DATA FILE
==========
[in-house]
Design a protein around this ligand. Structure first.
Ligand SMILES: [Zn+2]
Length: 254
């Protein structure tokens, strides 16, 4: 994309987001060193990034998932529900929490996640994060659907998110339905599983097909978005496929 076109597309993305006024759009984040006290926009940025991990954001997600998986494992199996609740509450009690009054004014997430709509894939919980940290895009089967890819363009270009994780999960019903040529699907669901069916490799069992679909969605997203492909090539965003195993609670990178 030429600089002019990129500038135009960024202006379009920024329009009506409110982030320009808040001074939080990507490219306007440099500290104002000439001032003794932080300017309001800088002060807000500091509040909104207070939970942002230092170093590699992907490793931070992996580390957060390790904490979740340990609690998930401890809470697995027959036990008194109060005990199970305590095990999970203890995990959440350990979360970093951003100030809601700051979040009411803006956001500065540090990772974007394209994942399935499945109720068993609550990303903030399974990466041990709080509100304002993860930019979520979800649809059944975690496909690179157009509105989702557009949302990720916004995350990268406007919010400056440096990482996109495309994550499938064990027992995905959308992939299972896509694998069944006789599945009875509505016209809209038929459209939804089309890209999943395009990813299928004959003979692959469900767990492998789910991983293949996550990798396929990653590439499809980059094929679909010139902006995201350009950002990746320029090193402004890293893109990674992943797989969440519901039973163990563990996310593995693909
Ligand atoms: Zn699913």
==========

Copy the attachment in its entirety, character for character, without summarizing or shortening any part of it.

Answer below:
[in-house]
Design a protein around this ligand. Structure first.
Ligand SMILES: [Zn+2]
Length: 254
């Protein structure tokens, strides 16, 4: 994309987001060193990034998932529900929490996640994060659907998110339905599983097909978005496929 076109597309993305006024759009984040006290926009940025991990954001997600998986494992199996609740509450009690009054004014997430709509894939919980940290895009089967890819363009270009994780999960019903040529699907669901069916490799069992679909969605997203492909090539965003195993609670990178 030429600089002019990129500038135009960024202006379009920024329009009506409110982030320009808040001074939080990507490219306007440099500290104002000439001032003794932080300017309001800088002060807000500091509040909104207070939970942002230092170093590699992907490793931070992996580390957060390790904490979740340990609690998930401890809470697995027959036990008194109060005990199970305590095990999970203890995990959440350990979360970093951003100030809601700051979040009411803006956001500065540090990772974007394209994942399935499945109720068993609550990303903030399974990466041990709080509100304002993860930019979520979800649809059944975690496909690179157009509105989702557009949302990720916004995350990268406007919010400056440096990482996109495309994550499938064990027992995905959308992939299972896509694998069944006789599945009875509505016209809209038929459209939804089309890209999943395009990813299928004959003979692959469900767990492998789910991983293949996550990798396929990653590439499809980059094929679909010139902006995201350009950002990746320029090193402004890293893109990674992943797989969440519901039973163990563990996310593995693909
Ligand atoms: Zn699913």